“You just couldn’t wait could you?”

“It didn’t hit the house!” I responded, as if it had fallen exactly where I had intended.

VICTORY! – well, sort of.

I don’t know what it is about a guy and his chain saw.  It’s an incredible feeling to cut, to tame the wild.  A rush of sorts.  And really, who has time to wait for the groceries to be unloaded?  It’s just not reasonable. 

Tough Day with the TSA

It was a tough day at the Tampa airport.  I flew in last week on a Monday, and all went well.  Fortunately I was booked on Delta – American and Southwest seemed to be struggling at the time.  Security is where I was snagged on the flight home on Wednesday. 

First I got the leg pat down.  Not intrusive – in fact my muscles were tight from 48 hours of sitting in a conference room discussing how to best raise money for the Y.  I was sort of hopeful he’d press a little harder on my hamstrings – but there was a line behind me so I didn’t ask for more.

But then, my bag.  The woman studying the x-ray stopped when my Samsonite conveyed through.  She shipped it to the exit ramp and another TSA agent took it back to the entrance for a rescan.  Again, a pause. 

Of course, I pondered – was my bag unattended?  Could someone working at the hotel have stashed cocaine in the sock pocket?  If contraband was found, would I talk or immediately contact an attorney?  I hate jail.  Well, I only went once when I was a Royal Ambassador at the Baptist Church in the 4th grade.  I think the field trip was a deterrent tactic.  As I walked in an inmate threw a half-eaten ham and cheese sandwich at me while heckling about my uniform.  Apparently he didn’t like the yellow neck scarf required by the church. 

The strategy worked.  I didn’t not want to go back.

The airport staffer zeroed in on a portion of my doc bag.  She pointed to two items.  I was informed the search was on.

Although it wasn’t a big deal, I was a bit uncomfortable with her digging around the boxer briefs I’d worn on the treadmill the day before and the t-shirt with the armpit stains.  I’m sure they will wash out – but what if she thought they were permanent?  Embarrassing.

  What could they be looking for, I wondered. 

I did carry a pair of scissors when I travel.  At my age, ear and nose hairs can sprout out overnight like a fast forward video of a Chia Pet.  I swear I try to keep close track.  I also swear facial hair can grow six inches overnight.  There is no possible way they can hide under a magnified mirror tonight and simply appear the next morning without some miraculous intervention – perhaps an ear hair fairy or Miracle Grow for follicles.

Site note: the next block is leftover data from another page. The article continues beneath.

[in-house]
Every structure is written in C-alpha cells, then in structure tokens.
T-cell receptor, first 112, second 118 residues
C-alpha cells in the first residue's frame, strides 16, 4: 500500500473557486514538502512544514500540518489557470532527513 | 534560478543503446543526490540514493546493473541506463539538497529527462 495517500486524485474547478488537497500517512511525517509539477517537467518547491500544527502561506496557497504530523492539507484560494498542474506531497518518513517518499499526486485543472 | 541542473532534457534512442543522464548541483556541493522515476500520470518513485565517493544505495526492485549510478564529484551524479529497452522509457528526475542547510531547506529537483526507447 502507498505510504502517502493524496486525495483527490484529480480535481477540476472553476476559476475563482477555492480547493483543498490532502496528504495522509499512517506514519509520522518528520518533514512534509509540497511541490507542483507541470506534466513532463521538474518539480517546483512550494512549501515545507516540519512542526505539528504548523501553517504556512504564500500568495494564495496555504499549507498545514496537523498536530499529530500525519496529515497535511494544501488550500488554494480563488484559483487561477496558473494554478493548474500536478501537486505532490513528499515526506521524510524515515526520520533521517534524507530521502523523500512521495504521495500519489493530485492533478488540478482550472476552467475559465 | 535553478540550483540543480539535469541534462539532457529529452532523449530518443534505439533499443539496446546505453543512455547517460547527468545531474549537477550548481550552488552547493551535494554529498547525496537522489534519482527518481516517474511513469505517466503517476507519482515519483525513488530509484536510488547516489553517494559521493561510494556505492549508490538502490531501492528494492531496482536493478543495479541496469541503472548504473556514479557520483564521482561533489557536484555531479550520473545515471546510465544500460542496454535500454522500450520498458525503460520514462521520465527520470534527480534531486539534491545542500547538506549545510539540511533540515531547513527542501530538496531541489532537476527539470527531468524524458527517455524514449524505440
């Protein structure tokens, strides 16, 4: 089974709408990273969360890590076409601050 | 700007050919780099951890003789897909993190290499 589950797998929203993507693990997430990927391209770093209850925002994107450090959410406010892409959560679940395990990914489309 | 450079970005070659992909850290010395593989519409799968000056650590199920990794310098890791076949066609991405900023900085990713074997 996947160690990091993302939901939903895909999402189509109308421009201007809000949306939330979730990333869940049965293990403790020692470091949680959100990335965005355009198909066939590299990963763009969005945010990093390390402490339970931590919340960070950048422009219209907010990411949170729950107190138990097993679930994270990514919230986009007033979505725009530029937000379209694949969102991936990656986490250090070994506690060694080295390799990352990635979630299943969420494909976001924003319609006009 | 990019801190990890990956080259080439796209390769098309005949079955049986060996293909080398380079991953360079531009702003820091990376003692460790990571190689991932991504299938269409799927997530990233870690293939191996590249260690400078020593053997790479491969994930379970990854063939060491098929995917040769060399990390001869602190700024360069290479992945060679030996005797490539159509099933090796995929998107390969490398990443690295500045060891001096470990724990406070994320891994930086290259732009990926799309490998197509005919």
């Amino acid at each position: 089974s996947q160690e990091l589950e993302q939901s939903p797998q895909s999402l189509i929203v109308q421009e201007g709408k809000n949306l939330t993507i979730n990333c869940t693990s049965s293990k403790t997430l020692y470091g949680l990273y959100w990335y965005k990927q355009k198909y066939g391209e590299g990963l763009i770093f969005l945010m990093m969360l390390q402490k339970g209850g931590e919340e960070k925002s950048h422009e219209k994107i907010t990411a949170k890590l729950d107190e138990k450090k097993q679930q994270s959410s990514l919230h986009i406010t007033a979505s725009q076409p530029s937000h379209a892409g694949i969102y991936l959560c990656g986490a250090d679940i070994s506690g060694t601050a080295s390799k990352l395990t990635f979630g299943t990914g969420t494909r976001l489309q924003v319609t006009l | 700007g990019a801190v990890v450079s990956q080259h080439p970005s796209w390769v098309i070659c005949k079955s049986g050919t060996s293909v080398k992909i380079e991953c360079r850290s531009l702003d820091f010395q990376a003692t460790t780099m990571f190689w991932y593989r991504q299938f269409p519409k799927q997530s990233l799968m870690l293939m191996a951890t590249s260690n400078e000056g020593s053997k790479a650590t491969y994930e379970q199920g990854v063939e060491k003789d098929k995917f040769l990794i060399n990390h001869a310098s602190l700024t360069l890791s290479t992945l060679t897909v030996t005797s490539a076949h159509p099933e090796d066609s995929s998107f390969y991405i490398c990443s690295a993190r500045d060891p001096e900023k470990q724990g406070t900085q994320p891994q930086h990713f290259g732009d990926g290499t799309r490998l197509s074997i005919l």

My grandad had dark hair all over the outside (and inside) of his ears.  I wondered why he didn’t pluck.  Sadly, as your unwanted hair increases, your vision decreases.  Eventually I’m guessing, you just don’t give a damn.

She dug through – eyeballing my Ambien – and found nothing.  The scissors were black and matched my  bag.  I strategically placed them under my deodorant and hair gel.  Although, this is conjecture, I think maybe it was my 1992 Gillette Zero razor that caught their eye.  Little do they know, it couldn’t cut butter.

I’m grateful we have folks who keep us safe on airplanes – I’m sure it’s a difficult job.  I thanked the agent for her work.  How nice it would be to live in a world that didn’t require airport security. 

Figuring It Out

I think I turned some white towels blue today.  Not a dark blue – just sort of a pale blueish white. 

It’s been more than a decade since I have been held accountable for the wash.  Historically, I’ve tossed the jeans with the bath towels, the boxers with the girl’s dresses, the dress shirts with the dish towels.  I don’t’ think that’s gonna fly anymore.  Julie has a different set of standards.  It bothers her when my underwear and the kitchen stuff mix.  Even in the washer!

We decided early on in our courtship that we’d pretty much keep our laundry separate.  But there are shared items, like towels, that sometimes come into play.  Perhaps I should have black ones and she white and never the twain shall meet.

I’ve also learned that there are certain towels/rags/sponges to wipe counters, floor spills, dry dishes and wipe noses.  It’s so confusing.